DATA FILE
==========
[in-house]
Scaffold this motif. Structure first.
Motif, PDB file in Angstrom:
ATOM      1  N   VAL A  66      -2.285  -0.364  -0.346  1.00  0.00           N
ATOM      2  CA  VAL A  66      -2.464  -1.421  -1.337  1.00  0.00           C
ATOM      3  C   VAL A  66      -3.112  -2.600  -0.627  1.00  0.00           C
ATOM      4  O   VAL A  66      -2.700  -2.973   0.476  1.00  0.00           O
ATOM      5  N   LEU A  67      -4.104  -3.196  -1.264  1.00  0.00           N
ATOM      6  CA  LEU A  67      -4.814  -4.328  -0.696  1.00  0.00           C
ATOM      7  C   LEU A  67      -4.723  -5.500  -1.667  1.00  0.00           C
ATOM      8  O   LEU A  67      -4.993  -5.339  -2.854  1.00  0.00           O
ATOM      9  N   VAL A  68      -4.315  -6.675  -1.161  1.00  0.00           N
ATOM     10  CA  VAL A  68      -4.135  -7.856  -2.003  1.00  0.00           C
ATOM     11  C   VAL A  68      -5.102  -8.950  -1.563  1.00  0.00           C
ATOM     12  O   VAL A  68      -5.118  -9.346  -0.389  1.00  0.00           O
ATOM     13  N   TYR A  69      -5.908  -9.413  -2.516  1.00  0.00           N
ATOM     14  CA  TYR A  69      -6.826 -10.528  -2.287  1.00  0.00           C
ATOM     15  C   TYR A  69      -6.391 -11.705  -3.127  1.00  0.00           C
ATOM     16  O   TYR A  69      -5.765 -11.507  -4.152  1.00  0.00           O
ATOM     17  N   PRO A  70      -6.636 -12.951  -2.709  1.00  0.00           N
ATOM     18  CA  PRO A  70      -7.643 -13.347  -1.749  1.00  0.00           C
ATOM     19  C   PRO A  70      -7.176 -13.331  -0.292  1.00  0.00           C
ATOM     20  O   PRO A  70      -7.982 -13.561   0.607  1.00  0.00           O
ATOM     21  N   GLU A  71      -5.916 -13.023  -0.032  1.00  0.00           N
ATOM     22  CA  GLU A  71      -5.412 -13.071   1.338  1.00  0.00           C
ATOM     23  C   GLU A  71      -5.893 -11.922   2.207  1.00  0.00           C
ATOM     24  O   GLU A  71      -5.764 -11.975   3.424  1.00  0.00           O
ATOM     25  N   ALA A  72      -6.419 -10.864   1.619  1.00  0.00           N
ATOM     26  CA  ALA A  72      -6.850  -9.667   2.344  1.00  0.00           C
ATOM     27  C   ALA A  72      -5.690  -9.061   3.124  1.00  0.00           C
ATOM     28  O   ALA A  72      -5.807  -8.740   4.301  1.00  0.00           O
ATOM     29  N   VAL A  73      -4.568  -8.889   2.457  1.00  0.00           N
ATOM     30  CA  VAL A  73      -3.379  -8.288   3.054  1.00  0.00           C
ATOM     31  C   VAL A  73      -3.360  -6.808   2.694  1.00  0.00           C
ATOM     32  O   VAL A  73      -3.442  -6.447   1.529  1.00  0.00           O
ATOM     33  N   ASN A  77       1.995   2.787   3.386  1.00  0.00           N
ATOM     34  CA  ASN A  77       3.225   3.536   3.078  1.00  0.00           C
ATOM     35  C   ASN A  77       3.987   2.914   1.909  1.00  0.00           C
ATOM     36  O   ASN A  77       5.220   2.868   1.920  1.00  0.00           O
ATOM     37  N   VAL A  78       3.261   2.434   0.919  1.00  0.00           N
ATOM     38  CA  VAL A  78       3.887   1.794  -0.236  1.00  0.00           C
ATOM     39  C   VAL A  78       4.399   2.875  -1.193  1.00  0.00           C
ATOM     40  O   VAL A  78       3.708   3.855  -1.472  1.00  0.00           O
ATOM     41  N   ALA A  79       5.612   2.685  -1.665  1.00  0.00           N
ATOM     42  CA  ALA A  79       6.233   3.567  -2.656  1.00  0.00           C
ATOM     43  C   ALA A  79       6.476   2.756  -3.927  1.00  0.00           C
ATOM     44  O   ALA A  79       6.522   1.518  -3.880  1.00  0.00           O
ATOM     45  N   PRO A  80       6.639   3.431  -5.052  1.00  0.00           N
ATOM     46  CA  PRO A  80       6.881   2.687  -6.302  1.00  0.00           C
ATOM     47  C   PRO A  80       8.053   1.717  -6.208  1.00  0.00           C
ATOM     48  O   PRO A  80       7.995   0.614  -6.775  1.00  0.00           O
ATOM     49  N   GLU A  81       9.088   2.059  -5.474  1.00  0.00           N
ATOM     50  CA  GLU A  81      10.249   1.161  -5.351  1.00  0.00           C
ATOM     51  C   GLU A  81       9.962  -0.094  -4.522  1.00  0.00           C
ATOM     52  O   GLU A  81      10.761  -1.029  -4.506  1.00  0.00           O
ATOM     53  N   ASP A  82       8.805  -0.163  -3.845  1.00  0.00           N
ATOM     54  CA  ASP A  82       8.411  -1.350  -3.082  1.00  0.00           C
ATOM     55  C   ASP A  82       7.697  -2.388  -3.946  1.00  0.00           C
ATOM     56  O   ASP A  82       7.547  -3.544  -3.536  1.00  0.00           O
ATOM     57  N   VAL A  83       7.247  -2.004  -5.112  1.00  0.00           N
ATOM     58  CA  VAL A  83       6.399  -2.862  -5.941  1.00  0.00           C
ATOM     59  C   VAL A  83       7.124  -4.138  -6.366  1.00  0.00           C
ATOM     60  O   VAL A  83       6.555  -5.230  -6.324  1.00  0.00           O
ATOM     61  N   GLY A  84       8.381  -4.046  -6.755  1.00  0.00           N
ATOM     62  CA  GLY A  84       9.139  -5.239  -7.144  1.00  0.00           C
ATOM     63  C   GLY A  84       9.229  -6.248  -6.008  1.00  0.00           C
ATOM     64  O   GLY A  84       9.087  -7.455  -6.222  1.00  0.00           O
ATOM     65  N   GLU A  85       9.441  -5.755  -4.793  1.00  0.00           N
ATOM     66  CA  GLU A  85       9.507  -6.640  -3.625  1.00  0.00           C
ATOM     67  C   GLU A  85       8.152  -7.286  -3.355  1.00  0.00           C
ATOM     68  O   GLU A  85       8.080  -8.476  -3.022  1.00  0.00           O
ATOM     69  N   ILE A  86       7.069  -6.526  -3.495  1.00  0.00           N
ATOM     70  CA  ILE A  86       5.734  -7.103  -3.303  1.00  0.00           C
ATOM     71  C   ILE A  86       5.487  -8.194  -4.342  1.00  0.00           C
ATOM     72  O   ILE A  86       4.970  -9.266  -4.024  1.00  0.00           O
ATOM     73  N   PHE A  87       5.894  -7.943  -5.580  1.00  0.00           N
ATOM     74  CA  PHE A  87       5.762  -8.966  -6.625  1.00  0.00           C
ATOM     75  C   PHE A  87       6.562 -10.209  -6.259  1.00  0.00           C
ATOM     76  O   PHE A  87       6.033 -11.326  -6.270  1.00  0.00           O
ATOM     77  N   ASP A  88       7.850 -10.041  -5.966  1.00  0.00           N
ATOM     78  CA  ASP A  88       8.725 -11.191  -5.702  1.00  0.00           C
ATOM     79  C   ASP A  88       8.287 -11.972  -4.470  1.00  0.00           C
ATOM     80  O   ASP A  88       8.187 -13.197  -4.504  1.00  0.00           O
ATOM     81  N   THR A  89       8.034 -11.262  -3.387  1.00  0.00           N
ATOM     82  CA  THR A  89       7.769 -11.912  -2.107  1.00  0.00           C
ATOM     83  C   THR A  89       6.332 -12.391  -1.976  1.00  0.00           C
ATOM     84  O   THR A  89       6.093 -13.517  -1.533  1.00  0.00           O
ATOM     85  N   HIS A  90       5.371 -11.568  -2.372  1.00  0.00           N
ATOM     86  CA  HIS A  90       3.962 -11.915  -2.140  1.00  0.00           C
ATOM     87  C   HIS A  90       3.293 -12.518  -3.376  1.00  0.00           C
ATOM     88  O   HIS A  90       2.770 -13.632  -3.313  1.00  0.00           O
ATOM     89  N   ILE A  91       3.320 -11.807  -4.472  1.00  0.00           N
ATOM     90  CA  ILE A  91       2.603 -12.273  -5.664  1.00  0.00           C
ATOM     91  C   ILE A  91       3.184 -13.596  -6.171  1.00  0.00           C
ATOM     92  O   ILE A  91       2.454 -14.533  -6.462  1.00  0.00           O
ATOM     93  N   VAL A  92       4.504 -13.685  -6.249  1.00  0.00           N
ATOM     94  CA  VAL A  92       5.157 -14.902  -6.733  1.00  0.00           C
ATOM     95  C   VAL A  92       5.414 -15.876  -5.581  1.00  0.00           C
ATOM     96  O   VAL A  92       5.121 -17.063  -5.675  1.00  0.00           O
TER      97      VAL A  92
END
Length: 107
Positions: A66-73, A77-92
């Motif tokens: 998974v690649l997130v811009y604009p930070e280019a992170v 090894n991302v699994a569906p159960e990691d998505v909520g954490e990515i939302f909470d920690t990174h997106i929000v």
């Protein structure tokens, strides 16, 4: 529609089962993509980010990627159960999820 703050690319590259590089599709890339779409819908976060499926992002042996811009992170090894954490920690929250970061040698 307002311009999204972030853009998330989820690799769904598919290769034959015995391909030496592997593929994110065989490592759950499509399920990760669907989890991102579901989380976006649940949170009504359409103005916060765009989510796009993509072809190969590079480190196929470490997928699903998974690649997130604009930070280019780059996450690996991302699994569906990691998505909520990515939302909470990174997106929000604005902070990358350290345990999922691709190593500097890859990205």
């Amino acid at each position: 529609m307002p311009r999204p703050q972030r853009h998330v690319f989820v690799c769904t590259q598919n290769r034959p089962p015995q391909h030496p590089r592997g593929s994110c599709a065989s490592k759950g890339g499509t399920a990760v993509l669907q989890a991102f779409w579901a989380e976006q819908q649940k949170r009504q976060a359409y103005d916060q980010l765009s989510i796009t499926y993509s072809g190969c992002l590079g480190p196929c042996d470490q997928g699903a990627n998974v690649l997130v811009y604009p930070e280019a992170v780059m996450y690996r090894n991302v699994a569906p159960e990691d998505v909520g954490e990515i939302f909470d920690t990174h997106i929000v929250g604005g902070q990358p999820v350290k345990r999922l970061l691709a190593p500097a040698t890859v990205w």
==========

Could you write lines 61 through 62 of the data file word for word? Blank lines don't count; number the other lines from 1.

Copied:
ATOM     58  CA  VAL A  83       6.399  -2.862  -5.941  1.00  0.00           C
ATOM     59  C   VAL A  83       7.124  -4.138  -6.366  1.00  0.00           C